But back at the Vanguard program... the Martin Co. won the bid for working on the Vanguard program — and “Martin still built flying boats in those days. Today the company is part of Lockheed Martin, and aerospace industry giant.” Their contract with the Navy said to use a GE engine, which barely produced enough energy for the payload to go into space. Although there were other companies that produced more power, the GE scientist was also an advisor for the White House when working with the IGY (I guess this is another way that politics plays a role in astronomical decisions, although in this case it is only a small connection).
Now let’s get to the connection with the USSR: it was at this point in the testing phase of the Vanguard,, October 4, 1957 was the date that the USSR launched sputnik I. Ergo the beginning of the Space age.
From what I had seen from History Channel reports on progress the USSR made in the space race, it looked like they didn’t have that great of a chance of getting ahead. But when the USSR was the first to get something into space, the race suddenly became very heated, and the U.S. had to get working — and quickly — to get ahead in the race. ONR officials did not say they were in a race, but I think every American probably felt that we were.
Then Von Braun and his team stepped in and said they could put something in space in 90 days if they had the go-ahead. And because of the USSR, the Von Braun team was able to start moving to get us into space.
Now, this caused military problems in the United States, because Von Braun worked for the Army, and the Navy was in charge of the Vanguard project to get an American satellite out there. As Bova put it, “Interservice rivalry meant more to the Navy than the cold war.” So ONR told Vanguard to get a mini-satellite in orbit, so they got a 3-pound satellite to Cape Canaveral and it was supposed to launch 12/06/57, but after “TV-3 for 4 feet off the pad... the GE engine exploded.” So after this catastrophe, GE was finally pushed out of the rocket—building business. It was 03/17/58 when the Vanguard got into orbit.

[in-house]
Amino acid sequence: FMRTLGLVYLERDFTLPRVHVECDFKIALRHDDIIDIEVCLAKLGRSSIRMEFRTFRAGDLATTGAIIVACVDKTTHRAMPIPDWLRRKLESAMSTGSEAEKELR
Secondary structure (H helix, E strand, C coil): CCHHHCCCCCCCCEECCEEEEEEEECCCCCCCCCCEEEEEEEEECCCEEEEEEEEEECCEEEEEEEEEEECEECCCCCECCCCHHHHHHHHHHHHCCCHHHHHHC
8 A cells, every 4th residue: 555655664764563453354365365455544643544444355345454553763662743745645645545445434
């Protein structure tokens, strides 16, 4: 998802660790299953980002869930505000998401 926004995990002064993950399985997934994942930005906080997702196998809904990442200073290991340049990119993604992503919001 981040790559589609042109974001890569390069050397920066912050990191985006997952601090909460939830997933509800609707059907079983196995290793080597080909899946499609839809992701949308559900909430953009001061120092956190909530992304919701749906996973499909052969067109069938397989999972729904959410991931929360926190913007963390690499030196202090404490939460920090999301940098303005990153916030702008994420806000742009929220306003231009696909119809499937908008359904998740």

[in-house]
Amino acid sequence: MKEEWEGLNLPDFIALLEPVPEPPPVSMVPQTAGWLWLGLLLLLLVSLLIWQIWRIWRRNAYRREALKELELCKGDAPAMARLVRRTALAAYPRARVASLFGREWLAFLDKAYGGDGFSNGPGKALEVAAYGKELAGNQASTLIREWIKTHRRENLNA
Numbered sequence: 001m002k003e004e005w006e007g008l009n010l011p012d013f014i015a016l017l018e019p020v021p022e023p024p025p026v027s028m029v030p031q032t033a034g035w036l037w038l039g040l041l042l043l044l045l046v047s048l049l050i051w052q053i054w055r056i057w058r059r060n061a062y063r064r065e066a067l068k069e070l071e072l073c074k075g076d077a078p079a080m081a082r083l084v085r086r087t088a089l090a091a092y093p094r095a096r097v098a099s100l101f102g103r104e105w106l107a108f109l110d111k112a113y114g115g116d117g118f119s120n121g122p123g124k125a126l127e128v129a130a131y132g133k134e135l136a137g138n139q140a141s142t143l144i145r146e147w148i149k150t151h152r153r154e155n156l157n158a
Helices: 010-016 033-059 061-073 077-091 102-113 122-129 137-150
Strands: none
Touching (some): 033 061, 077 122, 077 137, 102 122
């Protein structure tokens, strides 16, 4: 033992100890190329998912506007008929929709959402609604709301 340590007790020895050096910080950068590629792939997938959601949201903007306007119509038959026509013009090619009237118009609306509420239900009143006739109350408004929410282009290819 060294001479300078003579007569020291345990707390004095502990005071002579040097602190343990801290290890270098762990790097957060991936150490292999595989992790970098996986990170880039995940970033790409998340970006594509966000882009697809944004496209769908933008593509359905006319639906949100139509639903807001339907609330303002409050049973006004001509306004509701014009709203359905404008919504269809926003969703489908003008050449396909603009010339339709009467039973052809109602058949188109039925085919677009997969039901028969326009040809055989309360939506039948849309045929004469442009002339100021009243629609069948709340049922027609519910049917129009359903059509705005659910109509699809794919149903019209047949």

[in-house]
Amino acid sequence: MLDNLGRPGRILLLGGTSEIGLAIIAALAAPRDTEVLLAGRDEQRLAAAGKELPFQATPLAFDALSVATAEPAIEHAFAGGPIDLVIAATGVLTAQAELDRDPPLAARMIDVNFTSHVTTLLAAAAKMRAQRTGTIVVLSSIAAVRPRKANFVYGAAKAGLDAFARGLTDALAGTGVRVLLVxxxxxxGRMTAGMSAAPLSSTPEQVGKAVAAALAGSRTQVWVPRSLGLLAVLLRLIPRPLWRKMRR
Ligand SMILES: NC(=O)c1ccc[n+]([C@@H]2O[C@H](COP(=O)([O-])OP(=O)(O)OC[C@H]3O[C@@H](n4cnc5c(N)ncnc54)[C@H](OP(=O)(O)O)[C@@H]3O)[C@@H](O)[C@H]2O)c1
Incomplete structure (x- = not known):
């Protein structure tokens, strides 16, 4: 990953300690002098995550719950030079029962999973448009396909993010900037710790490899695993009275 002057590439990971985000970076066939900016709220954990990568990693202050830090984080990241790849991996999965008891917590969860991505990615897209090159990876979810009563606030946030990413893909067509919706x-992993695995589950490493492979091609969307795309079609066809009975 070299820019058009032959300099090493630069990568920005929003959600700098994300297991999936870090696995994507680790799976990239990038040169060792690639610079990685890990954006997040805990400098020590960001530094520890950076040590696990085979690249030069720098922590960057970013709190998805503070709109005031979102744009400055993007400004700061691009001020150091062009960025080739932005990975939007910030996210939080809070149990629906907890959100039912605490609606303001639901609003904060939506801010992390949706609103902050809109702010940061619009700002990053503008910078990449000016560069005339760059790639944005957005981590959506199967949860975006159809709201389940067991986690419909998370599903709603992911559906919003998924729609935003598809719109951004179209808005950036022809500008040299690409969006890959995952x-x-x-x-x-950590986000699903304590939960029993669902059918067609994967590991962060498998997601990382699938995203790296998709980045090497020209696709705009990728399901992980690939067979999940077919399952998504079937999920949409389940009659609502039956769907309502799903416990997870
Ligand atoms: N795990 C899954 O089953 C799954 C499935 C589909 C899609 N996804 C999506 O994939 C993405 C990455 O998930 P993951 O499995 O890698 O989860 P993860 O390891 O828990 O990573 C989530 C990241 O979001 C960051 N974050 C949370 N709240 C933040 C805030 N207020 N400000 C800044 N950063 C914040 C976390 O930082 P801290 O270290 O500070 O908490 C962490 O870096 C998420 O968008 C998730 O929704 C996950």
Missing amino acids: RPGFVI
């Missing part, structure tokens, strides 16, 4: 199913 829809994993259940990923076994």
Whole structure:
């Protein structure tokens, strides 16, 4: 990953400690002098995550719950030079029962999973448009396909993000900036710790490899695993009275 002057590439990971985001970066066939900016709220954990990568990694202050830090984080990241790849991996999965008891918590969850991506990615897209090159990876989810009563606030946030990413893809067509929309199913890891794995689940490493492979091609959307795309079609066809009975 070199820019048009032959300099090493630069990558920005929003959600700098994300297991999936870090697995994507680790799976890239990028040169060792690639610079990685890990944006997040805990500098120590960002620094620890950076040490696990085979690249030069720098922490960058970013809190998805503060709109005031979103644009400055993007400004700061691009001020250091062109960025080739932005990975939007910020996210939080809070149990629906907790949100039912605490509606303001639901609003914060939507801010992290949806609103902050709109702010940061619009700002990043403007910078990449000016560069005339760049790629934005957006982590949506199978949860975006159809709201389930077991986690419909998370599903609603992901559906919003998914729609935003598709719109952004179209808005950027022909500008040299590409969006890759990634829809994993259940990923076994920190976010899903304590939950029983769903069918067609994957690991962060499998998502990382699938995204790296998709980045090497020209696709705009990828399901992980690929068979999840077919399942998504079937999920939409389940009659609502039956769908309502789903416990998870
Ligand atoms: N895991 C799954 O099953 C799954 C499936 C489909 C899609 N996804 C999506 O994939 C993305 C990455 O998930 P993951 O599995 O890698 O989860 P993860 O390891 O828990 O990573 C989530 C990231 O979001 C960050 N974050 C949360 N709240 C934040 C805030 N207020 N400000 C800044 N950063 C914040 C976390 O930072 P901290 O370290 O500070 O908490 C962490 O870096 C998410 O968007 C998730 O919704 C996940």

But even Ben Rova makes it clear that even in this first project for outer space for America, dealing into astronomy meant needing funding — and lots of it — which means needing help from the government. And when the government dips its hand into the mix, there are bound to be political problems, from the people you need to use to help build things, to the people you need as your scientists and engineers.
And if Kennedy roused a country to wanting to go to the moon, I feel bad that President Bush didn’t try to do the same (although he might not have had the same pull that President Kennedy did, I don’t know...) But when President Bush called for our country to get man back to the moon not by the end of this decade, but the end of next decade, and only make allusions to getting more work done one eventually getting someone to Mars, I thought of all of the science (and even history) shows I’ve seen about how we could have bases on the moon for people to live, and we could even pull off a station for life on Mars, and I thought well, maybe I shouldn’t expect our current President to rouse the country to travel farther and faster across our solar system. If President Bush had never even been to Europe before he was president (he actually had to ask advisors about different styles and customs of some European countries before he went there for the first time...), maybe we shouldn’t expect him to entice us to other planets.
Or maybe he could mention it, because I think that after the Bush regime for the past two terms, we’re ready for exploring placed he’s never touched...